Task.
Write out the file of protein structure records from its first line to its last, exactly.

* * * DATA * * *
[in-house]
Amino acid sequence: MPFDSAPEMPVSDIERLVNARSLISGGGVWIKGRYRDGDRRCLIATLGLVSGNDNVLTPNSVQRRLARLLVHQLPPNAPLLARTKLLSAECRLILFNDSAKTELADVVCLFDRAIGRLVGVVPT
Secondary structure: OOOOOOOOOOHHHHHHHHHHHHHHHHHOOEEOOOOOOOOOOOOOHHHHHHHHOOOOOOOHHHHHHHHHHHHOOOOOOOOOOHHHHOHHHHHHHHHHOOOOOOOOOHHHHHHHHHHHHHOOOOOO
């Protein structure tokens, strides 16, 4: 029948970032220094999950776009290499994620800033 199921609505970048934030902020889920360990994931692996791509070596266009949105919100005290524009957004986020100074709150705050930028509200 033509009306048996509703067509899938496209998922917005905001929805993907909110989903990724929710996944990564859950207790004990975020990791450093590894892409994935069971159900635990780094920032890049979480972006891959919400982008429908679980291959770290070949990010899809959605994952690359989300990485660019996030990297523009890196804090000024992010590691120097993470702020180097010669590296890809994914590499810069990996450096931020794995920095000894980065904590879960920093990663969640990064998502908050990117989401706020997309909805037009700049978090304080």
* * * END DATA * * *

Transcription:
[in-house]
Amino acid sequence: MPFDSAPEMPVSDIERLVNARSLISGGGVWIKGRYRDGDRRCLIATLGLVSGNDNVLTPNSVQRRLARLLVHQLPPNAPLLARTKLLSAECRLILFNDSAKTELADVVCLFDRAIGRLVGVVPT
Secondary structure: OOOOOOOOOOHHHHHHHHHHHHHHHHHOOEEOOOOOOOOOOOOOHHHHHHHHOOOOOOOHHHHHHHHHHHHOOOOOOOOOOHHHHOHHHHHHHHHHOOOOOOOOOHHHHHHHHHHHHHOOOOOO
């Protein structure tokens, strides 16, 4: 029948970032220094999950776009290499994620800033 199921609505970048934030902020889920360990994931692996791509070596266009949105919100005290524009957004986020100074709150705050930028509200 033509009306048996509703067509899938496209998922917005905001929805993907909110989903990724929710996944990564859950207790004990975020990791450093590894892409994935069971159900635990780094920032890049979480972006891959919400982008429908679980291959770290070949990010899809959605994952690359989300990485660019996030990297523009890196804090000024992010590691120097993470702020180097010669590296890809994914590499810069990996450096931020794995920095000894980065904590879960920093990663969640990064998502908050990117989401706020997309909805037009700049978090304080």